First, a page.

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Hedge funds register scorn at SEC ruling

The SEC doesn't know how many hedge funds there are and distrusts their secretive ways. Its ruling that they should register with it has prompted claims that it is ultra vires, will raise costs to unsustainable levels and reduce the competitiveness of onshore US funds. Unsurprisingly some funds are seeking ways to sidestep the requirement.


ON APRIL 14, PHILLIP Goldstein will submit the first brief to court outlining his case against the SEC's new ruling requiring hedge fund managers to register. Goldstein, president of Kimball & Winthrop, investment managers for Opportunity Partners, a relatively small $82 million hedge fund, will argue that the SEC, as an agency, does not have the power to alter or make law.

The majority of hedge fund managers will be crossing their fingers for him – it's hard to find an unregistered manager who supports the ruling. Some are leaving it to Goldstein to fight their battle but other hedge fund managers are staging their own protests.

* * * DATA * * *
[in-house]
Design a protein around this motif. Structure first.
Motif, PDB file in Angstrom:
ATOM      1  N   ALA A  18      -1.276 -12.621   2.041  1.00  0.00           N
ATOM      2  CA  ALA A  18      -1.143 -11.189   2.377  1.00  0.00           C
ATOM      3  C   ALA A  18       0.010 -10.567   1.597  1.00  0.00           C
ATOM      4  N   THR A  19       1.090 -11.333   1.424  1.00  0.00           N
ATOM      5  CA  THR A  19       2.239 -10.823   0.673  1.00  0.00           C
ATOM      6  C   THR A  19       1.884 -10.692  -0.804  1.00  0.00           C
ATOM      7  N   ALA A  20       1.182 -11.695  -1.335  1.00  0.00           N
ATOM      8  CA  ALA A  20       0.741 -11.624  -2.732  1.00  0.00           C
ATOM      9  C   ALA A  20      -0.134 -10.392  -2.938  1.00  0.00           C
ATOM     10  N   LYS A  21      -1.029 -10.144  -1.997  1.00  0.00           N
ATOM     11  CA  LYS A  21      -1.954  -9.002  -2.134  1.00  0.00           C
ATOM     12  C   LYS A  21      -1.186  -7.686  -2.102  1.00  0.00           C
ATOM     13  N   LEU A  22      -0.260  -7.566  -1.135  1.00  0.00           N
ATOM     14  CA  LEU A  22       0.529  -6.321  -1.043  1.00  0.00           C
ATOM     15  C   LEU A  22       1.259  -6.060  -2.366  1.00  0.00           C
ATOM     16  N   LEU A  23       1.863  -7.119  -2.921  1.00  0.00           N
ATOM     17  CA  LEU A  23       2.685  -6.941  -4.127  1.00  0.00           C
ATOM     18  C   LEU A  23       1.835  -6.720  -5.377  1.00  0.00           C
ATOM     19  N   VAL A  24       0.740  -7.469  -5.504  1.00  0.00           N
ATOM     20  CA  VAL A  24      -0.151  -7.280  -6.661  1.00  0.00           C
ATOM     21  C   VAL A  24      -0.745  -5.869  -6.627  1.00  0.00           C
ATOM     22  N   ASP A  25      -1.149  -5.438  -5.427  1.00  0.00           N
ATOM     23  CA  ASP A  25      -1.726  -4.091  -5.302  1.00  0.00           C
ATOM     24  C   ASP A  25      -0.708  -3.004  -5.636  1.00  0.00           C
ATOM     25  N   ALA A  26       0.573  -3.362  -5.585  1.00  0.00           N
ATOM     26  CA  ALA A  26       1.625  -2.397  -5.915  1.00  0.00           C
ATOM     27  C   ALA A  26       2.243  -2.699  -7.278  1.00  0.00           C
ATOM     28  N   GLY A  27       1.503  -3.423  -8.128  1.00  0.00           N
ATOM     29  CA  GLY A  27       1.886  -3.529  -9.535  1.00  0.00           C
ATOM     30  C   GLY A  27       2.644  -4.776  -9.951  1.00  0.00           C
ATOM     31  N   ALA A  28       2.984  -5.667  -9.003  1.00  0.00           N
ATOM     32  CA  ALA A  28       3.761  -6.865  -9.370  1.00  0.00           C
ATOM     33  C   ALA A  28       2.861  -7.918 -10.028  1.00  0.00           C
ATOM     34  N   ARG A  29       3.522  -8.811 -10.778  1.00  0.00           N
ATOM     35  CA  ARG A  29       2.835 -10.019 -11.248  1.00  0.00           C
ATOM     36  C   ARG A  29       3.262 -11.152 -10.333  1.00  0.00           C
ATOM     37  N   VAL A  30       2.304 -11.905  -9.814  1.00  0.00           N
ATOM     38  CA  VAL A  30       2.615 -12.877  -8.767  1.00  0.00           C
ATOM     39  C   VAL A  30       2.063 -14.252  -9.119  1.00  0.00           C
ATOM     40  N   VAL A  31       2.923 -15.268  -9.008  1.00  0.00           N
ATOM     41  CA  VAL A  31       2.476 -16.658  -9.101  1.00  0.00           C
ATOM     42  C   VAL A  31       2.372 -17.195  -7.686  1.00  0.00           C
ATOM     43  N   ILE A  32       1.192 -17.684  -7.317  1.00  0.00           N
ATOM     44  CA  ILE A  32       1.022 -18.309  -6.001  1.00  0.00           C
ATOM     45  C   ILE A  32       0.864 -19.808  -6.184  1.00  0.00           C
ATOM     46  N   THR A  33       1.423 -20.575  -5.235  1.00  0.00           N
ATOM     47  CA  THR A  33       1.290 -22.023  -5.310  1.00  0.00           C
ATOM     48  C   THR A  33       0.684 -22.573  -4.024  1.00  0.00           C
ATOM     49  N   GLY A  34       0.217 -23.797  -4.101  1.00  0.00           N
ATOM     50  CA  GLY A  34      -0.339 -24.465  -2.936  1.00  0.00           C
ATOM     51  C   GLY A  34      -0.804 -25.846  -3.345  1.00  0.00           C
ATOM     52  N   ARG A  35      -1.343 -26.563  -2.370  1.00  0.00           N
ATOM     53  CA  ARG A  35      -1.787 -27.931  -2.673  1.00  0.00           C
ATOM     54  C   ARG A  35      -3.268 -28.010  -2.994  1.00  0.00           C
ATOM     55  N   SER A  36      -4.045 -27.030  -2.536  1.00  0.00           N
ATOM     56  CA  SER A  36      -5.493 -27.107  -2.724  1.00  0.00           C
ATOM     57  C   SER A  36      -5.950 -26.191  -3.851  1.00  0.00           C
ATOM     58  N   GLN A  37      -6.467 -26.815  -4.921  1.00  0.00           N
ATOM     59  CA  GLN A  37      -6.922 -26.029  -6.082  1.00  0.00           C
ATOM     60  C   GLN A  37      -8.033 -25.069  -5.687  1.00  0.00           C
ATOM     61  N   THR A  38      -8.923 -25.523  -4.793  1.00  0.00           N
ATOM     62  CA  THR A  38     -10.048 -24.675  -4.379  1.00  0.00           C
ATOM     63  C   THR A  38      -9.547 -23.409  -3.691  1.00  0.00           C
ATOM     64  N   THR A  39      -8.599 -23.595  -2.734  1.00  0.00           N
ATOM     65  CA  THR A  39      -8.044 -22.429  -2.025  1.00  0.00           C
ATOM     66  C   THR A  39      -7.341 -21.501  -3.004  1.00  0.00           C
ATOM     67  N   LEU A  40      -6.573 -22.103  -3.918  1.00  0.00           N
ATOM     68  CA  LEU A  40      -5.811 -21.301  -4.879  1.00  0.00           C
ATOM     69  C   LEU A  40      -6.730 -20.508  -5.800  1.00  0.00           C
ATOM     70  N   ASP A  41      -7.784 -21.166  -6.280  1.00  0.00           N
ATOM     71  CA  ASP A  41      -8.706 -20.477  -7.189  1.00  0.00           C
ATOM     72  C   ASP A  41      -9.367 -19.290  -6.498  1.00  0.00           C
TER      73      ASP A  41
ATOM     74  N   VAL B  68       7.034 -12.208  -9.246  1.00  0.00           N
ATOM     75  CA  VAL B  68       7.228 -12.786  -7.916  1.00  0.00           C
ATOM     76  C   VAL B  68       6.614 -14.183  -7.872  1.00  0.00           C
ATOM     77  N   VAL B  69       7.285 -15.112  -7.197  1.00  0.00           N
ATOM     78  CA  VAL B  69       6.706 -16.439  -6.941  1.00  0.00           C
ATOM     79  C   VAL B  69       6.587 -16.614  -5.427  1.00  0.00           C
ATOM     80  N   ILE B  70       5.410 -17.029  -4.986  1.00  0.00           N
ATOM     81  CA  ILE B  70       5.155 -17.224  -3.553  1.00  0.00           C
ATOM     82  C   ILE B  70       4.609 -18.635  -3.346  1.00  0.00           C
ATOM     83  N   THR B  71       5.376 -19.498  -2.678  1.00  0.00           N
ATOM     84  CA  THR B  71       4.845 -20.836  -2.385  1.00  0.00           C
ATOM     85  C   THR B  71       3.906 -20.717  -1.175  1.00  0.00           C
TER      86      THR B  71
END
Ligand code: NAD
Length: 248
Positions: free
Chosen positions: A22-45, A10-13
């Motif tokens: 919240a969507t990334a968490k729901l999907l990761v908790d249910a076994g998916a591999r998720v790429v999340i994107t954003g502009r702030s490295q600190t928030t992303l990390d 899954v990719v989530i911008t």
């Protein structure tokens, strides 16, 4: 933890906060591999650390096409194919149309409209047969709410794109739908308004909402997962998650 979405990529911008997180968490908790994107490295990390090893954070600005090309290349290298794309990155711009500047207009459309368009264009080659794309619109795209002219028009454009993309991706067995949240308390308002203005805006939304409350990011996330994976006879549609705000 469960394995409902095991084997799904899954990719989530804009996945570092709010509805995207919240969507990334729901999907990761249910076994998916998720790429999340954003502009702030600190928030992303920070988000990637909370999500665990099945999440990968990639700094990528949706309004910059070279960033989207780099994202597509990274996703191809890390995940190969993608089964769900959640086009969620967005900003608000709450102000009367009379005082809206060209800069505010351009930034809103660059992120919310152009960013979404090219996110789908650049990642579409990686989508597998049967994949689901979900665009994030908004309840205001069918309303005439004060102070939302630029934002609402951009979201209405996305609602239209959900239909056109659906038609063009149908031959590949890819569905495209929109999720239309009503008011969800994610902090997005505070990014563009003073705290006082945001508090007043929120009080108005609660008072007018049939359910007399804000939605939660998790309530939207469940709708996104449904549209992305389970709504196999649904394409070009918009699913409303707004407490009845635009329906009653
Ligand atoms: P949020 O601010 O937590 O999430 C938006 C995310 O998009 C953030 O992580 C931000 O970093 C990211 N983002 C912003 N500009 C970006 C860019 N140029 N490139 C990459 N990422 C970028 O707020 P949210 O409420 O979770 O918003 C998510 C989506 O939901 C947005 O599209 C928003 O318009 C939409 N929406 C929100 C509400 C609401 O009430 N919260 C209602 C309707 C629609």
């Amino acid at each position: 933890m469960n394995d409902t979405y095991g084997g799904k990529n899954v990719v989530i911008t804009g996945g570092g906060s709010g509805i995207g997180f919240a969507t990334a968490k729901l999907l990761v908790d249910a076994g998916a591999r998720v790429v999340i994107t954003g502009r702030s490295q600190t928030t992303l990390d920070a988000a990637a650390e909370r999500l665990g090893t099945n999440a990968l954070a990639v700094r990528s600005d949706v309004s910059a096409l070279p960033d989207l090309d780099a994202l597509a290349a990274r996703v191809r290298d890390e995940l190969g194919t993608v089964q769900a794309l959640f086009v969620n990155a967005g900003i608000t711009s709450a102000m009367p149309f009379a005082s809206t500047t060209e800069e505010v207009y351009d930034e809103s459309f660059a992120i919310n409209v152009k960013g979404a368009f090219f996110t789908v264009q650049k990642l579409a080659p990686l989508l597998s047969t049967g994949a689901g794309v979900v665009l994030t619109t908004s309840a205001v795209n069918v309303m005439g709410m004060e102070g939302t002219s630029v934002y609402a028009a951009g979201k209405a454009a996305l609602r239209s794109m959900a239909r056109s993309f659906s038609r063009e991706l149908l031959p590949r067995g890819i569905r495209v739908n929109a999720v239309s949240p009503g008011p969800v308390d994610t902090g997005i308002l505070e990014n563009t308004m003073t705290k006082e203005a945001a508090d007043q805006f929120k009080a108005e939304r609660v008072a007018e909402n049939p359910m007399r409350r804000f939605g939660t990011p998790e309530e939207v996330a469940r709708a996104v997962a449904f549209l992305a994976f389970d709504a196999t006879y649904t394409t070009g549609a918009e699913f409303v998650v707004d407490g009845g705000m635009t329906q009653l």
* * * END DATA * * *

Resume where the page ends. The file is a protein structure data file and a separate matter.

Whether because they deem the ruling superfluous, a cost burden or, as the Goldstein camp suggests, unlawful, many hedge fund managers have decided that they will not be registering in the next 11 months. Instead, some US managers are now considering moving offshore or altering the terms of their funds to dodge registration. Even foreign fund managers, with their "SEC-lite" registration requirements, are boycotting the ruling by shunning US investors.

It's a blow to the SEC, which has promoted the ruling as being positive for US investors, and a way of obtaining more information about the secretive hedge fund industry.

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